Howard Johnson still only Mets player to lead NL in this category

The 1 and only … Met to lead the National League in RBIs: Howard Johnson

The Time: 1991

The Background: HoJo shared third base with Ray Knight in 1985 and on the 1986 championship Mets before breaking out as the full-time starter in 1987. The switch hitter was a National League All-Star in 1989 during a season in which he hit .287, drove in 101 runs, cracked 36 home runs and led the league with 104 runs scored.

The Skinny: The Mets finished fifth in the NL East in 1991, but Johnson put together one of the best seasons of his career — leading the league in two-thirds of the Triple Crown categories with 117 RBIs and 38 home runs. The 30-year-old drove in a run on the final day of the season to edge Barry Bonds and Will Clark, both of whom finished with 116.

The Others Who Came Closest: Most recently, Pete Alonso’s 120 RBIs in his splendid 2019 rookie season were good enough for third in the NL, six behind leader Anthony Rendon. Two other Mets have come in second place in the NL RBI race, but they had bigger margins behind the top finisher — Darryl Strawberry with 101 RBIs to Clark’s 109 in 1988 and David Wright with 124 RBIs to Ryan Howard’s 146 in 2008. (Mike Piazza’s 124 RBIs in 1999 ranked just seventh that season).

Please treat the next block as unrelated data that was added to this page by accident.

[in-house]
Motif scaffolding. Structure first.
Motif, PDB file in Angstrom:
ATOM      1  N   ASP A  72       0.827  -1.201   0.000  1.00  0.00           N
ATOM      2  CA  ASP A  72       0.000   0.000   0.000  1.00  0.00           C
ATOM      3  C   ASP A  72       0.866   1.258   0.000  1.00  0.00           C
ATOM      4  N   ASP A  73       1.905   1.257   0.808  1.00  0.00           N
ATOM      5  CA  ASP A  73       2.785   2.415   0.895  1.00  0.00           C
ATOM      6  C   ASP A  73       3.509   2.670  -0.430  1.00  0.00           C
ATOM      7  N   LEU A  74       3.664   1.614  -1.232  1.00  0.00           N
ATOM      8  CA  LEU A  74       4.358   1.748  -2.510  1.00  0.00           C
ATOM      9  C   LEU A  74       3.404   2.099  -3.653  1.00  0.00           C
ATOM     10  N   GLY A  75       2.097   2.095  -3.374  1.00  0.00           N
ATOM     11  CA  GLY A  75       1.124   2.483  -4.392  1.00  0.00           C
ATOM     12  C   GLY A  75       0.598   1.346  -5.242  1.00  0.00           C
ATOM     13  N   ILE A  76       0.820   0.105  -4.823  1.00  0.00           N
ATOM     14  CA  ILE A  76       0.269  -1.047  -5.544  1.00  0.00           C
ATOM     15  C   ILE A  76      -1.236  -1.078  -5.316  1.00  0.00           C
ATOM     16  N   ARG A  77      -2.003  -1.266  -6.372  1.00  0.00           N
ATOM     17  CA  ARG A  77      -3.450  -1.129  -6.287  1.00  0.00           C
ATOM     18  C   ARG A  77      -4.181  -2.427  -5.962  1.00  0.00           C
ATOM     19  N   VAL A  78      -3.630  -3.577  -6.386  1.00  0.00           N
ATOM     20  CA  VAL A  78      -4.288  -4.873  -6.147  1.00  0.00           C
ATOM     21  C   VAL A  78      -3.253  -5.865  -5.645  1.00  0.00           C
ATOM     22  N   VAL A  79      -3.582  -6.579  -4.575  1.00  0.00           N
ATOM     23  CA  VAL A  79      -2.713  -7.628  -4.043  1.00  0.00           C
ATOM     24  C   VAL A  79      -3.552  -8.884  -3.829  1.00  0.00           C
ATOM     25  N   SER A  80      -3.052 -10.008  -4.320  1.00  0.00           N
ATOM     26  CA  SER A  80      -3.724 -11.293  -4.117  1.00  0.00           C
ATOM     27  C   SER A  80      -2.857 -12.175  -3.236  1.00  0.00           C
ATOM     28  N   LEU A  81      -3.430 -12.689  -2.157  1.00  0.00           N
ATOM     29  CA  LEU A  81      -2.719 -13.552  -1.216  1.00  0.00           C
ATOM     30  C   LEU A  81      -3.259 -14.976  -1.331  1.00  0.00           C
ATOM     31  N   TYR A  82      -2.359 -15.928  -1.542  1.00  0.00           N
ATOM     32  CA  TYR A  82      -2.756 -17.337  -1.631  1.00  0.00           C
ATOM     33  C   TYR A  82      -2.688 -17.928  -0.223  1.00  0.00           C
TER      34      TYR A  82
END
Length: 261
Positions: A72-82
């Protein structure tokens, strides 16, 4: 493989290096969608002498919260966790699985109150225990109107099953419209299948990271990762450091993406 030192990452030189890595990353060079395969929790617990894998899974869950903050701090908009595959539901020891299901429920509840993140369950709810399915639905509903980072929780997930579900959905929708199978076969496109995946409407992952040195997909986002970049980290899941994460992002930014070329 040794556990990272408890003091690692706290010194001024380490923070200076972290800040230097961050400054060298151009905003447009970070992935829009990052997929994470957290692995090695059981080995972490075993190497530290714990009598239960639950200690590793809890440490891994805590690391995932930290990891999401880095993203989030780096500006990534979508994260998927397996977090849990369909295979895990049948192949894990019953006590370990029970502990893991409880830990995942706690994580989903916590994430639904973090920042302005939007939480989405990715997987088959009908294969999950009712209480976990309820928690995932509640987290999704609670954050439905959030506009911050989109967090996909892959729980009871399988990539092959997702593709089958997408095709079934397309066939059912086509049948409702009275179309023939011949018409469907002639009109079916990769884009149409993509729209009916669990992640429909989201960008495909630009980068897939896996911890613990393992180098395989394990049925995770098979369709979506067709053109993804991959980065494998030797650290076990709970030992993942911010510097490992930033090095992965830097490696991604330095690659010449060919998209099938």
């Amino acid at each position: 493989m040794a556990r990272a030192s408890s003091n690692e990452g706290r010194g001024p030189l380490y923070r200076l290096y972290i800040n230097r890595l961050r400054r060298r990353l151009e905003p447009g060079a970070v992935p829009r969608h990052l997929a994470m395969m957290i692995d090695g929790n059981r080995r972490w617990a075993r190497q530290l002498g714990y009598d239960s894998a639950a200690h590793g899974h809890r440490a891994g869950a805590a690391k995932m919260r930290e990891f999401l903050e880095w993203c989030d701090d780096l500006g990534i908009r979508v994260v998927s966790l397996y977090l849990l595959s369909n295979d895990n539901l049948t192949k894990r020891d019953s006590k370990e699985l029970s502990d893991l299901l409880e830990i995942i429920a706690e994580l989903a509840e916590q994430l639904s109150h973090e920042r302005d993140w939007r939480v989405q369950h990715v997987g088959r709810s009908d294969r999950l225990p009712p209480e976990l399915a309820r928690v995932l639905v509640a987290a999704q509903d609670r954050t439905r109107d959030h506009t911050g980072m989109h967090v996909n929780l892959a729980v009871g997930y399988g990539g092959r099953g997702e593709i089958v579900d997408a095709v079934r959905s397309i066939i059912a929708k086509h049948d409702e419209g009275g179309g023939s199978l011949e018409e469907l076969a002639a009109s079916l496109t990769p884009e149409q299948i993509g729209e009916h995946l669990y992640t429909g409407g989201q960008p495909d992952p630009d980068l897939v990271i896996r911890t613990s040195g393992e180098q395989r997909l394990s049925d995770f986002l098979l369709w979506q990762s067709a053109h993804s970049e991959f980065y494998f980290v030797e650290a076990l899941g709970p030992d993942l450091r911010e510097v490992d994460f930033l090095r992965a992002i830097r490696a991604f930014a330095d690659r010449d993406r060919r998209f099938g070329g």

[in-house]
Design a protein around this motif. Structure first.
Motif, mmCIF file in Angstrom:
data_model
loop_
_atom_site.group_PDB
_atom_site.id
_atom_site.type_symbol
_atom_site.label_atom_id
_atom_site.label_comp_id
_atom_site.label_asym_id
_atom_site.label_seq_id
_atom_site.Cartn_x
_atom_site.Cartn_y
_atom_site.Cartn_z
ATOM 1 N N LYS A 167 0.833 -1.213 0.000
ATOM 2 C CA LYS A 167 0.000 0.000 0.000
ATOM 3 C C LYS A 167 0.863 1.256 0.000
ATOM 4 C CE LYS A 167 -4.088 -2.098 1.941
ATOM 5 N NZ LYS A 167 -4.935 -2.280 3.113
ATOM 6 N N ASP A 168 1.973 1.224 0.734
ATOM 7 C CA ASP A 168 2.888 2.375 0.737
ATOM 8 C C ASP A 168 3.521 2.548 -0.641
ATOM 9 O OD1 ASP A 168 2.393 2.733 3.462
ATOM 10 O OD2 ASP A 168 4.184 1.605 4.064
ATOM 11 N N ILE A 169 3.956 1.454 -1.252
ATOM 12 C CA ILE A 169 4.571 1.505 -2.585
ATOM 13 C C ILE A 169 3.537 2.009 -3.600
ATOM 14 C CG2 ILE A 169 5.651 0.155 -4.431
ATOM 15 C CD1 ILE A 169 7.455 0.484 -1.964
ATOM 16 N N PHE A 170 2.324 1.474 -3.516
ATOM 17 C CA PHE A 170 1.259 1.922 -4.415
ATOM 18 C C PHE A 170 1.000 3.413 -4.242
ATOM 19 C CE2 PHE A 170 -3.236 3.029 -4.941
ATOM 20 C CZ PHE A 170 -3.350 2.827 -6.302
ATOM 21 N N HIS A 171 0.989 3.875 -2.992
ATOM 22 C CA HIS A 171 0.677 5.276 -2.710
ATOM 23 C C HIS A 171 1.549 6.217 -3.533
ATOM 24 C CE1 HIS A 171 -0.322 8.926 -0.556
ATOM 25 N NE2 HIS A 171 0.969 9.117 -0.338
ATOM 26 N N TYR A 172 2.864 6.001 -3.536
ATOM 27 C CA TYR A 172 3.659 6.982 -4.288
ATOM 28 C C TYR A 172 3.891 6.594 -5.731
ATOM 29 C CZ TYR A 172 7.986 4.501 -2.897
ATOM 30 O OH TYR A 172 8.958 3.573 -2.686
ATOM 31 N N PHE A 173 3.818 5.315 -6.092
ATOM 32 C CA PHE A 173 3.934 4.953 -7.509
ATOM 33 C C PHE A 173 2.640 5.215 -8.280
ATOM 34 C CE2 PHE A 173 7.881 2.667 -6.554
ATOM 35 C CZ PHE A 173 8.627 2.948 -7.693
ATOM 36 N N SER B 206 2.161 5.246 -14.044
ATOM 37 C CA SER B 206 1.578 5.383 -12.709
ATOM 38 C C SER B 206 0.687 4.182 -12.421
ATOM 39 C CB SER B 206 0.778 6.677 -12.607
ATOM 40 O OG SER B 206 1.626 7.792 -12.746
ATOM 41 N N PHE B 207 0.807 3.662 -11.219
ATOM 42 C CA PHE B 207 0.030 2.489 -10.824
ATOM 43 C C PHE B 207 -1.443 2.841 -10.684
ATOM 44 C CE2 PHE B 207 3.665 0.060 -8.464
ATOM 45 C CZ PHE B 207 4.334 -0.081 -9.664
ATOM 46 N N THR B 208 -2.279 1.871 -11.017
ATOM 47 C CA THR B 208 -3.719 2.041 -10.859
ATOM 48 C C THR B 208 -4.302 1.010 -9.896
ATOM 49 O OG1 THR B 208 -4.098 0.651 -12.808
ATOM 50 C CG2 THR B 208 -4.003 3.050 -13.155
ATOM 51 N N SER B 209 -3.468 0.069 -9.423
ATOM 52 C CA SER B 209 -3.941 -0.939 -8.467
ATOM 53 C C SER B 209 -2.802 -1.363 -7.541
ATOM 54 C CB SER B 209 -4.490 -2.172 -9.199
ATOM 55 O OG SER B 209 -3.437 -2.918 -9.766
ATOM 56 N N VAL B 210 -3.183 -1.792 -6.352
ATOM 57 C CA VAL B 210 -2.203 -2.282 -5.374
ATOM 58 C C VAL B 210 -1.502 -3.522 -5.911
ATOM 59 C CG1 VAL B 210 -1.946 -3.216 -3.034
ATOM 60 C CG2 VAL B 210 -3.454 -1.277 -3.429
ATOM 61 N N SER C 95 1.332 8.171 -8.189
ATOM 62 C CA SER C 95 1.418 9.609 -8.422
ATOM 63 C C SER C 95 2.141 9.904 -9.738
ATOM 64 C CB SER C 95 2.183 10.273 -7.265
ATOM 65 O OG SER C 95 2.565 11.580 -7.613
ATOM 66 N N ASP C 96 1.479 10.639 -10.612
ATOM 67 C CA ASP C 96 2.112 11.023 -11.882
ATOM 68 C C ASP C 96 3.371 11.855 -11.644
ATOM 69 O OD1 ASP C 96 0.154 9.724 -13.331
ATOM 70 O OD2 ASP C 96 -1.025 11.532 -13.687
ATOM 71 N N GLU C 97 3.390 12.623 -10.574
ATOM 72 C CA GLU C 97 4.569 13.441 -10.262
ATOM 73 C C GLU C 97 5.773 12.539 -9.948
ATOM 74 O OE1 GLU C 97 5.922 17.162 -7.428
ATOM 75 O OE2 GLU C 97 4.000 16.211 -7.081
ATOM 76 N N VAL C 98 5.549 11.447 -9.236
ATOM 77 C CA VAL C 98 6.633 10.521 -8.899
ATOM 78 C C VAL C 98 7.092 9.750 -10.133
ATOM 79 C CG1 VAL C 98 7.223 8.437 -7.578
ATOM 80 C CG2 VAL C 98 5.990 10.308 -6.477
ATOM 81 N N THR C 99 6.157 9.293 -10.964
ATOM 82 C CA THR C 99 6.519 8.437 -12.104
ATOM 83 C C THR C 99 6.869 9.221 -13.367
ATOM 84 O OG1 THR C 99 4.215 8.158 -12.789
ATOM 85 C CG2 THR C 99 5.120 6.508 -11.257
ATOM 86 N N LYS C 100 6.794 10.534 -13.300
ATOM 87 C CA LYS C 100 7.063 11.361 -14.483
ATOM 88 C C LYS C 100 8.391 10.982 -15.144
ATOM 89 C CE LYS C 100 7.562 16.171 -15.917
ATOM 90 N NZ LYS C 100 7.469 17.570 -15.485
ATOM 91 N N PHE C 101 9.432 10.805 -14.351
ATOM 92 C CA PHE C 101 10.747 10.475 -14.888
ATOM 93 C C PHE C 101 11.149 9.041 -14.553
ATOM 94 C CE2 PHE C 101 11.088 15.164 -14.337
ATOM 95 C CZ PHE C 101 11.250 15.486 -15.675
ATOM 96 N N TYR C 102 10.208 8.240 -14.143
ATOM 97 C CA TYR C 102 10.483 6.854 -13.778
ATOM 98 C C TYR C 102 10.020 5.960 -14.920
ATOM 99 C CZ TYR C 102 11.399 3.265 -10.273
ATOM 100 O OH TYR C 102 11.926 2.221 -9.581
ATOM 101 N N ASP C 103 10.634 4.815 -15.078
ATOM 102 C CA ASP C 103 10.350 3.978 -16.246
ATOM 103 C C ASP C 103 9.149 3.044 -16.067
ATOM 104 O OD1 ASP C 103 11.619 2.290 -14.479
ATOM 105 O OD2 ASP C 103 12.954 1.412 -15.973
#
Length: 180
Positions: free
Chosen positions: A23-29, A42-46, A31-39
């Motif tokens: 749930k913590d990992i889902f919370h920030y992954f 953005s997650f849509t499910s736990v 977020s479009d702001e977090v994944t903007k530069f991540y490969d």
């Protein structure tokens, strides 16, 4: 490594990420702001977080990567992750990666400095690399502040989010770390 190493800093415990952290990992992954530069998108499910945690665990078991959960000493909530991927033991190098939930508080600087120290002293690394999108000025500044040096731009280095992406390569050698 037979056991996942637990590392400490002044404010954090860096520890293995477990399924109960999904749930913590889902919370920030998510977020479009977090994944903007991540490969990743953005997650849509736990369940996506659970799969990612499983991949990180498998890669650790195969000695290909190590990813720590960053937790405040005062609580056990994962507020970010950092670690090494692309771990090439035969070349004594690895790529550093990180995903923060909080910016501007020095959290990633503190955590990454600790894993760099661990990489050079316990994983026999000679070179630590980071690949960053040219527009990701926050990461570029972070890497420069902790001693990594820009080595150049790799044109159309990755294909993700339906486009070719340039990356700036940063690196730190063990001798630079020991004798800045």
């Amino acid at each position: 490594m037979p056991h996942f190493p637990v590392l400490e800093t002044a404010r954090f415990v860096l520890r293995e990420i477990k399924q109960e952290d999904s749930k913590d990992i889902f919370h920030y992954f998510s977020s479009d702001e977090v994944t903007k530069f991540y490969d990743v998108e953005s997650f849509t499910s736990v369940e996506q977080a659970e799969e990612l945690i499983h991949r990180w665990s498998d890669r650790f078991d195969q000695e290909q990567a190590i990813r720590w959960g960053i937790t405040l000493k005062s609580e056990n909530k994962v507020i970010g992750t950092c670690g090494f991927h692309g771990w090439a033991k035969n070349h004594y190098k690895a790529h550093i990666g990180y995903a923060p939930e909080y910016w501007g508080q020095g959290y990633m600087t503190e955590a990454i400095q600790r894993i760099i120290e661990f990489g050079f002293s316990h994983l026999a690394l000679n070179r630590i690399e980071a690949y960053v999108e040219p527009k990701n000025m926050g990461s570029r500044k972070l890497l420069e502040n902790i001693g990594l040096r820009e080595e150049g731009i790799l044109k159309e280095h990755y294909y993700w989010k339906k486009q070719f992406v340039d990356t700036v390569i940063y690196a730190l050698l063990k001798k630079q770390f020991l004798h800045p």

The Quote: “My dad always told me, ‘If you hit, they’ll find a place for you in the field.’ But I know I make my living driving in runs.” — Howard Johnson

The Aftermath: Johnson went on to play four more seasons, two for the Mets, and tallied a combined 131 RBIs the rest of his career as his production fell off. Plenty of other RBI champs have played for the Mets — just not accomplishing the feat in the team’s uniform. Among them: Duke Snider, Joe Torre, George Foster, Gary Carter, Kevin Mitchell, Curtis Granderson, Carlos Delgado, Mo Vaughn and Eddie Murray.

The Legacy: Johnson, who had three 30-30 seasons in Queens, still has his place in the Mets career record books — fourth in runs (627), fourth in home runs (192), fourth in RBIs (629) and third in stolen bases (202). He also later coached for the Mets, playing a role in Wright’s development.

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